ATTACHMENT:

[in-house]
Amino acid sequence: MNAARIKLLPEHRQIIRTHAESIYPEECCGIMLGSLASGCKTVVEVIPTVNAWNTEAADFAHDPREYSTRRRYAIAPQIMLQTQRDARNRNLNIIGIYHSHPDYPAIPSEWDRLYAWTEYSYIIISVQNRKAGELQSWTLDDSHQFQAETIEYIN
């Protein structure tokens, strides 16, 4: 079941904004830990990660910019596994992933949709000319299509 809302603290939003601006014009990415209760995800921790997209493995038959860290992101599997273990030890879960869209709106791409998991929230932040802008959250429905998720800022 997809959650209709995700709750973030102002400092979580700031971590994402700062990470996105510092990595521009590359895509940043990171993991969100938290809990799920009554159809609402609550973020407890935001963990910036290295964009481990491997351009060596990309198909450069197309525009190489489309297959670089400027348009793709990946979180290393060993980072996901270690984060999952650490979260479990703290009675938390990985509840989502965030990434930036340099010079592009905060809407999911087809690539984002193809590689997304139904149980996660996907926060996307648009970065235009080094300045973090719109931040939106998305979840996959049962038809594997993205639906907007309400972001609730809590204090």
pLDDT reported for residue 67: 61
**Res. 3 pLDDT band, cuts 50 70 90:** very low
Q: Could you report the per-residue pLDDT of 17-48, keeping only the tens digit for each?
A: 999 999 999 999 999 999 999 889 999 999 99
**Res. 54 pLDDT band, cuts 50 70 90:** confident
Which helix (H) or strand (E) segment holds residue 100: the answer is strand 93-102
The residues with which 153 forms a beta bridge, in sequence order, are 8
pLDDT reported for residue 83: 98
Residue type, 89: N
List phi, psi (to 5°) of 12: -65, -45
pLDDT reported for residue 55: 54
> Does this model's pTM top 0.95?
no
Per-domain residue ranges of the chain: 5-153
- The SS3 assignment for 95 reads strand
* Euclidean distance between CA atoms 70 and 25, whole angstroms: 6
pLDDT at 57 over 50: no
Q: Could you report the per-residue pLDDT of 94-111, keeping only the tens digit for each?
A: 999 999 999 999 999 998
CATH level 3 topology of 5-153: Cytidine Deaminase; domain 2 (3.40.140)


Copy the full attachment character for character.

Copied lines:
[in-house]
Amino acid sequence: MNAARIKLLPEHRQIIRTHAESIYPEECCGIMLGSLASGCKTVVEVIPTVNAWNTEAADFAHDPREYSTRRRYAIAPQIMLQTQRDARNRNLNIIGIYHSHPDYPAIPSEWDRLYAWTEYSYIIISVQNRKAGELQSWTLDDSHQFQAETIEYIN
């Protein structure tokens, strides 16, 4: 079941904004830990990660910019596994992933949709000319299509 809302603290939003601006014009990415209760995800921790997209493995038959860290992101599997273990030890879960869209709106791409998991929230932040802008959250429905998720800022 997809959650209709995700709750973030102002400092979580700031971590994402700062990470996105510092990595521009590359895509940043990171993991969100938290809990799920009554159809609402609550973020407890935001963990910036290295964009481990491997351009060596990309198909450069197309525009190489489309297959670089400027348009793709990946979180290393060993980072996901270690984060999952650490979260479990703290009675938390990985509840989502965030990434930036340099010079592009905060809407999911087809690539984002193809590689997304139904149980996660996907926060996307648009970065235009080094300045973090719109931040939106998305979840996959049962038809594997993205639906907007309400972001609730809590204090």
pLDDT reported for residue 67: 61
**Res. 3 pLDDT band, cuts 50 70 90:** very low
Q: Could you report the per-residue pLDDT of 17-48, keeping only the tens digit for each?
A: 999 999 999 999 999 999 999 889 999 999 99
**Res. 54 pLDDT band, cuts 50 70 90:** confident
Which helix (H) or strand (E) segment holds residue 100: the answer is strand 93-102
The residues with which 153 forms a beta bridge, in sequence order, are 8
pLDDT reported for residue 83: 98
Residue type, 89: N
List phi, psi (to 5°) of 12: -65, -45
pLDDT reported for residue 55: 54
> Does this model's pTM top 0.95?
no
Per-domain residue ranges of the chain: 5-153
- The SS3 assignment for 95 reads strand
* Euclidean distance between CA atoms 70 and 25, whole angstroms: 6
pLDDT at 57 over 50: no
Q: Could you report the per-residue pLDDT of 94-111, keeping only the tens digit for each?
A: 999 999 999 999 999 998
CATH level 3 topology of 5-153: Cytidine Deaminase; domain 2 (3.40.140)